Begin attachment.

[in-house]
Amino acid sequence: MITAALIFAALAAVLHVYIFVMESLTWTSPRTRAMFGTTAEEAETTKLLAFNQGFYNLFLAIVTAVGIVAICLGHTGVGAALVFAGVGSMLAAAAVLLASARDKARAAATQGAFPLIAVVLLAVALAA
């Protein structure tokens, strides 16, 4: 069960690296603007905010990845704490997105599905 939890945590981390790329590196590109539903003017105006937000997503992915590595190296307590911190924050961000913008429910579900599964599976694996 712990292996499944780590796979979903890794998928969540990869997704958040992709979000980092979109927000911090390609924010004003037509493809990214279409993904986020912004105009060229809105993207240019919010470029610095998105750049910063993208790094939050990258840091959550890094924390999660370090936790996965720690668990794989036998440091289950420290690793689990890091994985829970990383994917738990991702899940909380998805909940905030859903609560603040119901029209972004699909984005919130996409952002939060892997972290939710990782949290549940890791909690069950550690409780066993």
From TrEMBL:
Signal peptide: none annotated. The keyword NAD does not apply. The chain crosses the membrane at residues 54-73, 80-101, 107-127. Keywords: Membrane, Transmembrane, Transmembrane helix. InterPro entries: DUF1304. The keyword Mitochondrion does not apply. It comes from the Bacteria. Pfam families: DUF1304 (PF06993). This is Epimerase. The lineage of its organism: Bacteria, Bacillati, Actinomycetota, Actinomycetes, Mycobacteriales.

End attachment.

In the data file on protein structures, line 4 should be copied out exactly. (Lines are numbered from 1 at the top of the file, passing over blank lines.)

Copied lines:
From TrEMBL: